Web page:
A table with a container of colored pencils, in the background a Black woman with an afro holds a coloring book.

As a mental health professional who works with her clients to help them manage their stressors, Oludara Adeeyo knows the importance of self-care, particularly for those who have been historically marginalized.  

She also has personal experiences that inform her work. Adeeyo became a mental health professional after facing burnout and combating discrimination in the White-dominated journalism industry. She saw her mother die a premature death of an autoimmune disease after not adequately caring for herself. She knows—and has seen firsthand—that often Black women are taught to put their own needs on the back burner.

In a world that does not prioritize Black women caring for themselves, Adeeyo wants to help them to do just that. In her recently released book, Mind, Body, & Soul: A Self-Care Coloring Book for Black Women, Adeeyo encourages Black women to take time for themselves. 

Throughout the book are affirmations like “I will break generational curses,” “I am gentle with myself through life’s transitions,” and “I don’t need to justify my need for rest.” 

In this interview with NPQ, Adeeyo explains how the idea of the coloring book came to be, how her own personal experiences shaped the book, and what she is most hoping Black women will get from using the coloring book.

This interview has been lightly edited for length and clarity

Rebekah Barber: How did the idea of the coloring book come to be?

Oludara Adeeyo: I’ve written two other self-care/self-help books for Black women. My first book was a book called Self-Care for Black Women and that was just 150 realistic, actionable tips to help Black women actually practice self-care.

“It’s not often Black women have representation in coloring books.…I wanted to add to that space.”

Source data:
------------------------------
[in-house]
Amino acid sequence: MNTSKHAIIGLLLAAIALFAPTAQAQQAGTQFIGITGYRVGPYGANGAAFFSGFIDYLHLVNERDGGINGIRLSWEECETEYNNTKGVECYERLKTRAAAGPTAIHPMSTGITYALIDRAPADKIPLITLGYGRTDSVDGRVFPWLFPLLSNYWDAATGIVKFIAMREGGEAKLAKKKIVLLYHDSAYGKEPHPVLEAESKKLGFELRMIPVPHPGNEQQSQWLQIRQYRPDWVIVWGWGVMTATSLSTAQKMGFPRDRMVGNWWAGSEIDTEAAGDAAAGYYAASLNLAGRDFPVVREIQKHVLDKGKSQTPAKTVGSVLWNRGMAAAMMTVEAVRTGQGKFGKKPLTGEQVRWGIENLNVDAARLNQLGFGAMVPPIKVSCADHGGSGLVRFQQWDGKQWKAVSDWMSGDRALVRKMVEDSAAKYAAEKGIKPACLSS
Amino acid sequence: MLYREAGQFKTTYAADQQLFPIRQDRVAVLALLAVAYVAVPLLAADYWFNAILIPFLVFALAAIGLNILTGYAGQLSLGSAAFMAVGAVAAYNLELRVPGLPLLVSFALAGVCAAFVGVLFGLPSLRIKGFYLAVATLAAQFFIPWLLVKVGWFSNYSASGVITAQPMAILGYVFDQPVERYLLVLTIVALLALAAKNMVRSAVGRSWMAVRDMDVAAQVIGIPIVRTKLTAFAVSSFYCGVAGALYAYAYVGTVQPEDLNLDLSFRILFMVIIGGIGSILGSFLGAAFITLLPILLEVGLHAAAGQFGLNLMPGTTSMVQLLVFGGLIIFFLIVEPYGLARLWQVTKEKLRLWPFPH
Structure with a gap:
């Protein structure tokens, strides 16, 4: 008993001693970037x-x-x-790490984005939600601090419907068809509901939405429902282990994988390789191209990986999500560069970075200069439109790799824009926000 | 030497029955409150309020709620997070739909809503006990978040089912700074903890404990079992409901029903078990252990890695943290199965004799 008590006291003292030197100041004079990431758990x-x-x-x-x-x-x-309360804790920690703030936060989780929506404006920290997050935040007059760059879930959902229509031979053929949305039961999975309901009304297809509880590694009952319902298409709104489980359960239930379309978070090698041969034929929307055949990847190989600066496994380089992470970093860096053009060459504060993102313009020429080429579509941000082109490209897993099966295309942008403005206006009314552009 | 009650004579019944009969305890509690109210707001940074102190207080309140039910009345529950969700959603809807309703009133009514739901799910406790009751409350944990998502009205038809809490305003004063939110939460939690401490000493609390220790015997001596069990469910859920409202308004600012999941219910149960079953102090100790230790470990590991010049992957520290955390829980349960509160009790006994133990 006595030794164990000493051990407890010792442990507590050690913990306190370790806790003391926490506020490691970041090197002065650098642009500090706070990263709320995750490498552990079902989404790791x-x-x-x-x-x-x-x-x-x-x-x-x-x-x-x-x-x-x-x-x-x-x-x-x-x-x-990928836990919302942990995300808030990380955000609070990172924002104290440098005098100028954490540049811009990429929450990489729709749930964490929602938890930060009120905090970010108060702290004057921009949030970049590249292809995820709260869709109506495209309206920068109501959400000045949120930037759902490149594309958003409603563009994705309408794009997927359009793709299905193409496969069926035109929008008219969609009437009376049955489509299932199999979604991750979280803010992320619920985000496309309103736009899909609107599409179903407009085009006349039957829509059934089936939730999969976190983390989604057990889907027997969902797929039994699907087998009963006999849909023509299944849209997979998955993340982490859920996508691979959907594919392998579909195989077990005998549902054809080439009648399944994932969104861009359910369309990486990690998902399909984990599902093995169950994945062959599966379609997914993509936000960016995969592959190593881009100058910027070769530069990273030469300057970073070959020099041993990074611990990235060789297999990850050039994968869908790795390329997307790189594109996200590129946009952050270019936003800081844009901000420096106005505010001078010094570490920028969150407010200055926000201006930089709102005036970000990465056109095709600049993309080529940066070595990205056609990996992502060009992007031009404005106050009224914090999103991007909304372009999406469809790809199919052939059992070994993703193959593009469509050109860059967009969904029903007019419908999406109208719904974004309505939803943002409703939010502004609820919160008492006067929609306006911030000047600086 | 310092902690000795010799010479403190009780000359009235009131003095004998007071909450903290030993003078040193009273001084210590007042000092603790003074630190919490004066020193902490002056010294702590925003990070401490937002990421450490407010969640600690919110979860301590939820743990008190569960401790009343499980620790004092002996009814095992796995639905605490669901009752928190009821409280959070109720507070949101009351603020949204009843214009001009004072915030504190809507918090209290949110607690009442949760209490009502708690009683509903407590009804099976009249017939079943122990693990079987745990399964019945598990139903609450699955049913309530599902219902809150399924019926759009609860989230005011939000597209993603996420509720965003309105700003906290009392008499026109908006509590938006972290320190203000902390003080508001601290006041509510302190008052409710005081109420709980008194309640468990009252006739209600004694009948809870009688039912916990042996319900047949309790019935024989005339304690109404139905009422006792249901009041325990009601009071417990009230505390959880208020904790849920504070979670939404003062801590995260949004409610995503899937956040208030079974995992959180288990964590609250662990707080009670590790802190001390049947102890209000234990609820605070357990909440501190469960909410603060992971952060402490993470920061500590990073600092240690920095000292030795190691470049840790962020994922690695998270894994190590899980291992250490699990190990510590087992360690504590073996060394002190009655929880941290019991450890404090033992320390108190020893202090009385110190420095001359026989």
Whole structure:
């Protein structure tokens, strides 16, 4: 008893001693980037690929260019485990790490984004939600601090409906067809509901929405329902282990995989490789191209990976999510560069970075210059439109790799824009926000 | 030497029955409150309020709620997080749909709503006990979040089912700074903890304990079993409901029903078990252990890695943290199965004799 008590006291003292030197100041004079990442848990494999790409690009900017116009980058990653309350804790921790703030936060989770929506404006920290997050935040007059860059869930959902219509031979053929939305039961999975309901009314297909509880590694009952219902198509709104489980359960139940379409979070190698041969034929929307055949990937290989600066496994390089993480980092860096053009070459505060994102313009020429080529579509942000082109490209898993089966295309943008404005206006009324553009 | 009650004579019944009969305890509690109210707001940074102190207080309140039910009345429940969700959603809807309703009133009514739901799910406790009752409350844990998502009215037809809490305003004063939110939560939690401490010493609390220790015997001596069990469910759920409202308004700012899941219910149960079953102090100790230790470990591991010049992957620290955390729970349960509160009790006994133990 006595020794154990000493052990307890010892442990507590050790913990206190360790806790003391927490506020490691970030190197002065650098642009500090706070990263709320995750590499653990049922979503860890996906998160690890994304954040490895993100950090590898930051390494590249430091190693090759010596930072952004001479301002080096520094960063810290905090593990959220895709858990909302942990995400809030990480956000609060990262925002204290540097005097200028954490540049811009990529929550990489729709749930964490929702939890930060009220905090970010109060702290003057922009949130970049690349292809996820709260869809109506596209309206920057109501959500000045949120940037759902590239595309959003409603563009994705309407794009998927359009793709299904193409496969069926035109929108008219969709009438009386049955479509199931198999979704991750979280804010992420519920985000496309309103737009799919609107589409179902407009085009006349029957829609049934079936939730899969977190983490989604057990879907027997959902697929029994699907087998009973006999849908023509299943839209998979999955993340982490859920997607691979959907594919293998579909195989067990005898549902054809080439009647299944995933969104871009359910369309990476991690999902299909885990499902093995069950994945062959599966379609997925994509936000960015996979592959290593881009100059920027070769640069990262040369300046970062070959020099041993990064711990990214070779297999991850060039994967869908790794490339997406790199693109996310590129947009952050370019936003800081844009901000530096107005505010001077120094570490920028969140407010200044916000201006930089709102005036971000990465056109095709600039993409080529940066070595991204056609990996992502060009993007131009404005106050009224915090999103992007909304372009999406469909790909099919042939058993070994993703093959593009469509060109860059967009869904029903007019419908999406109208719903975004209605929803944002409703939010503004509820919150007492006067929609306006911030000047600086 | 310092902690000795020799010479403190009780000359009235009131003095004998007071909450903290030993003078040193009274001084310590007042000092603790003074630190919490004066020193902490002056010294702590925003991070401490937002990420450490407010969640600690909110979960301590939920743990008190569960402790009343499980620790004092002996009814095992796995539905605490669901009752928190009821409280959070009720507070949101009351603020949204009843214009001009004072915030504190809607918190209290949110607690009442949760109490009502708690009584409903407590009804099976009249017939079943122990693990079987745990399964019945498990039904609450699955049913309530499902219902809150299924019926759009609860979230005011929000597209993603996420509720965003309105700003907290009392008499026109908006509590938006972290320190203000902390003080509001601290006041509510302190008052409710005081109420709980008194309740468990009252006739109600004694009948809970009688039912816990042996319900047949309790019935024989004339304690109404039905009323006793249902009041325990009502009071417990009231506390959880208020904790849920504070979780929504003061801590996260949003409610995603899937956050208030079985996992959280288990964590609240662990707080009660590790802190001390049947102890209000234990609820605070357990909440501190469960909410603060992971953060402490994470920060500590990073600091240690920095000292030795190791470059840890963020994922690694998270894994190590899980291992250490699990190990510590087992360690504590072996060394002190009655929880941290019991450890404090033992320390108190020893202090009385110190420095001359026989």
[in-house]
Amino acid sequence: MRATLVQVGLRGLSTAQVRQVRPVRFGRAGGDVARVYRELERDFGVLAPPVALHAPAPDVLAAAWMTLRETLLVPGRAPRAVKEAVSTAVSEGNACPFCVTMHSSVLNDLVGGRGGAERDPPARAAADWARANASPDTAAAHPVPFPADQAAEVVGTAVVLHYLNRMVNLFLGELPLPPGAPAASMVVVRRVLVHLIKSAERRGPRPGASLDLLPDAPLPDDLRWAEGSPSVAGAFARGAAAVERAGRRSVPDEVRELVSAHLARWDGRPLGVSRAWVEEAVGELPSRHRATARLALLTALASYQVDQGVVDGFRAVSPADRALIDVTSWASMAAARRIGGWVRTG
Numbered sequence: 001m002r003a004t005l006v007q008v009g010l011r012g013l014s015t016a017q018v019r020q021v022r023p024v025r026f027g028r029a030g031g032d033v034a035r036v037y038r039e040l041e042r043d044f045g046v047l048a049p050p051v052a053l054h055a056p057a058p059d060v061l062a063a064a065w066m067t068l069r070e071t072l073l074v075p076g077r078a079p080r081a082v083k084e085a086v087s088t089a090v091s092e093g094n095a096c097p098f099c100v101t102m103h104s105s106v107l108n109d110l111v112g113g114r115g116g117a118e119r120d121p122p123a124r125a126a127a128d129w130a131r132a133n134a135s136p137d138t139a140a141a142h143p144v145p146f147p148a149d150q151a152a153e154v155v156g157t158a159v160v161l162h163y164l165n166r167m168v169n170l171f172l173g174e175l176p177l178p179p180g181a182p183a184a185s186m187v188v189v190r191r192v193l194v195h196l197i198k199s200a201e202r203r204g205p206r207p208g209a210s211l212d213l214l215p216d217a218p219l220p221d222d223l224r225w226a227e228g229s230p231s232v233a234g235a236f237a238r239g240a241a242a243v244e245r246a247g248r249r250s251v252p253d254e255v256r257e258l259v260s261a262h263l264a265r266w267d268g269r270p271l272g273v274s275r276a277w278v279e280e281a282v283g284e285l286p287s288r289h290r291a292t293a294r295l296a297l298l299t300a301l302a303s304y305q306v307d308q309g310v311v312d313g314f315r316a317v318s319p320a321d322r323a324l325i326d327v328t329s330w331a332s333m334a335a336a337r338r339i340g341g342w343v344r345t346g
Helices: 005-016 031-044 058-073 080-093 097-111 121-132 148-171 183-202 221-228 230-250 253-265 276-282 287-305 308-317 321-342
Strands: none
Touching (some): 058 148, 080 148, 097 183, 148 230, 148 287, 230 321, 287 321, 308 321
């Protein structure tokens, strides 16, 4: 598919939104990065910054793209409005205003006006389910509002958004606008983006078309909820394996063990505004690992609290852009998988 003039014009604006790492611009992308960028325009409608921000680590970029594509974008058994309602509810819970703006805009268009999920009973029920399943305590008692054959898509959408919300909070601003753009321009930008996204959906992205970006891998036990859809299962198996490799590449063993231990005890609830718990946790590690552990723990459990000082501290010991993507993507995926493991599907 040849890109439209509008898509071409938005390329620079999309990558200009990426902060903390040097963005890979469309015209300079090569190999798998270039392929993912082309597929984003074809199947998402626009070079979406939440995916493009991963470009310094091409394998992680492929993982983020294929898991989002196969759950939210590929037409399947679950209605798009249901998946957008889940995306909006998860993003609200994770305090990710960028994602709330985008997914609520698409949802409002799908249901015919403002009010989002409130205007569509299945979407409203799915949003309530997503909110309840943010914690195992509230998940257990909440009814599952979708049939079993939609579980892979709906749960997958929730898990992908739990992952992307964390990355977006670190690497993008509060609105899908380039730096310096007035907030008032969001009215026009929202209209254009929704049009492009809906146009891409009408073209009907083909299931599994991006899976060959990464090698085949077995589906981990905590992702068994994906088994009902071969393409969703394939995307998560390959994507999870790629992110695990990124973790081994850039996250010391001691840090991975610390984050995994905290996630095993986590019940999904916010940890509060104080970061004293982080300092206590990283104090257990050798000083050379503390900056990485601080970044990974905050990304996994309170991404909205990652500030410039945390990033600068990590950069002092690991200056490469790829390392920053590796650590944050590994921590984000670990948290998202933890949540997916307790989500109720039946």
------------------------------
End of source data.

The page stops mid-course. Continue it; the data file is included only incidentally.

The second book was trying to put into action some of the self-care tips I had talked about in the first book. It was a journal filled with affirmations. It touched on self-care practices I love—affirmations, journaling, meditating on the affirmations, and also sitting and processing your thoughts.

I felt like the third book should be another self-care practice activity. This time we incorporated affirmations. I worked with [Tess Armstrong,] the same designer of my first two covers. She’s a great artist.

“After going through a bit of burnout…I am trying to embody a new phase in my life where I’m really trying to be stressless.”

We decided it would be great if the affirmations were still involved, but then we had images that felt that Black women could relate to and see themselves in. It’s not often Black women have representation in coloring books, although there has been a recent increase. I wanted to add to that space.

RB: As you were creating the coloring book and writing the affirmations, were there any particular affirmations that resonated with you?

OA: I would say all of them do. But it depends on where I feel like I am in my life right now with trying to take care of myself and prioritize my mental health. For me, after going through a bit of burnout, which was kind of traumatizing to my body and my mind, I am trying to embody a new phase in my life where I’m really trying to be stressless. One affirmation is “Moving through life with ease is my ancestral right.” That is something I try to move forward with, just because I believe I am breaking generational patterns by trying to live a more stressless life.